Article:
got reprinted in another magazine. Then, late last year, an article in
"Lingua Franca, a Review of Academic Life" covered this exact subject; it was
called "The Myth of Fingerprints: A Forensic Science Stands Trial," and was
written by Simon Cole, who hit most of the same points I did, omitting only
the reproducibility of fingerprints. Cole was backed up, amazingly enough, by
Harvard University, which has published his book: "Suspect Identities: A
History of Fingerprinting and Criminal Identification" (Harvard University
On December 16, 2000, The Economist in London, in its section on Science and
Technology, published a similar indictment of the fingerprint. The article
notes that the subjectivity (Sandy Allen says the prints match; Capt. Steiner
says they don't) "...puts fingerprinting on shaky theoretical ground." The
publication goes on:
"And two other things make the situation worse in practice. The first is that
fingerprints found at crime scenes tend to be incomplete. What are being
compared are not whole prints, but mere fragments... The second difficulty is
that most fingerprint evidence found at the scene of a crime is 'latent'. In
other words, it requires treatment ... to make it visible enough to work with
-- and even then, it is often indistinct. How valid it is to compare such
'filtered' evidence with the clean crisp prints obtained from suspects in
controlled conditions is another unexplored question..."
Worse yet, from my point of view, is the fact brought out in another article
I've seen just now, that in cases where a print is found at a scene but is
incomplete, "computer enhancement" is often used to "RESTORE" the missing
sections! Good god! The computer invents a print and compares it to yours!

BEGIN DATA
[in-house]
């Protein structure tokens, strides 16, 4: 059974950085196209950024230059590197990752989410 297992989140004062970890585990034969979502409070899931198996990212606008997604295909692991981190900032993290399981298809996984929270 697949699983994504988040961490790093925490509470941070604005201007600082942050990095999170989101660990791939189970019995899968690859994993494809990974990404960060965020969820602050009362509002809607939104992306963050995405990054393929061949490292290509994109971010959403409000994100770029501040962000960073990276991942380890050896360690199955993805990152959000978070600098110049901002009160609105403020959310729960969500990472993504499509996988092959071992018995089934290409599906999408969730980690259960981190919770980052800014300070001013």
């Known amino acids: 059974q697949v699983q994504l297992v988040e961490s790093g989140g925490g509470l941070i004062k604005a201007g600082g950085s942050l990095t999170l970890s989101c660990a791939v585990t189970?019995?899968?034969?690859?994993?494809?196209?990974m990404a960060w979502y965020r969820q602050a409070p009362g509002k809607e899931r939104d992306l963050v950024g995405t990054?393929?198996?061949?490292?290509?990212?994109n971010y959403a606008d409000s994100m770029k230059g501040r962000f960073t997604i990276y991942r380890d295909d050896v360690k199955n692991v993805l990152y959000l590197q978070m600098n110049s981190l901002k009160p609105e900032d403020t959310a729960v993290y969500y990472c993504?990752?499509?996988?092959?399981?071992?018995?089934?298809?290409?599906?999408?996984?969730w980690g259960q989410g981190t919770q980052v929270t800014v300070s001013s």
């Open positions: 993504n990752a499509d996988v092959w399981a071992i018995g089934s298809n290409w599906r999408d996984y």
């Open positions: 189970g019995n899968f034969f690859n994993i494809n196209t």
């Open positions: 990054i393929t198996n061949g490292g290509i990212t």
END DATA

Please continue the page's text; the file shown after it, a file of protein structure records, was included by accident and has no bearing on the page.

Further problems with fingerprints, in my estimation, lie with the elastic
deformation inherent in the fleshy pads of fingers -- or in the materials the
prints are deposited on. Suppose your signature, written on a stretched piece
of rubber, was compared to the same signature on a sheet of paper; how much
resemblance would there be? With prints, such comparisons are often not
science at all, but opinion. The Lingua Franca article relates how the FBI's
Stephen Meagher, a supervisor fingerprint specialist, in February of 1999
tried to discredit a challenge to fingerprint identification by sending two
prints to FBI labs in all 50 states. The fingerprint EXPERTS at the labs were
to identify the prints and, presumably, all come up with the same result.
They didn't. SEVEN of the laboratories couldn't agree that one of the prints
matched, and five of them couldn't agree that the other did.
(So then the FBI sent ENLARGEMENTS of the disputed prints back to the
recalcitrant labs, and "suggested" that the technicians take another look.
The FBI supervisor ordered them to "test your prior conclusions against these
enlarged photographs with the marked characteristics," and he'd conveniently
drawn arrows pointing to where people were supposed to find a resemblance.
Not surprisingly, under this sort of pressure, the labs all then decided they
agreed with their supervisor.)
Whether my article sparked this firestorm of criticism of fingerprints, or
whether these other writers independently had been thinking along the same
lines, is something I don't know. I do know that my own piece was first, and
if my criticisms of this "science" had something to do with focusing some
others' thought on the topic, I'm very, very glad indeed. And, appropriately
for this present issue devoted to Sam Epstein's writing, I therefore want to
signal the tip he gave me long ago that started at least my speculations in
I imagine that Sam had pondered the possibility of prints' seeming identical
when they were not, and in writing the passage in the Ken Holt story he drew
slightly on that prior speculation to create a realistic scene, as opposed to
some Stratemeyer Syndicate cartoon in which prints are treated like words on
a sign, where any old person can look at them and know in a second if they
match some others. In short, he packed REAL THOUGHT into the book; and this
is only one of dozens, possibly hundreds of places, where a murmured word
gave rise to decades of pondering in my own mind. The article that follows is
just a single result.
And remember: a book just published by Harvard University now expresses these
same views. [Ed. note. The book is Suspect Identities: A History of
Fingerprint and Criminal Identification by Simon A. Cole, published by
Harvard University Press, 2001, 369 pages.]
* Mr. Woodworth is a writer and printer living in Tucson, Arizona. This
article originally appeared in a publication edited by Mr. Woodworth: The
Mystery and Adventure Series Review, No. 34, Summer 2001. The address is: The
Mystery and Adventure Series Review, PO Box 3012, Tucson, AZ 85702.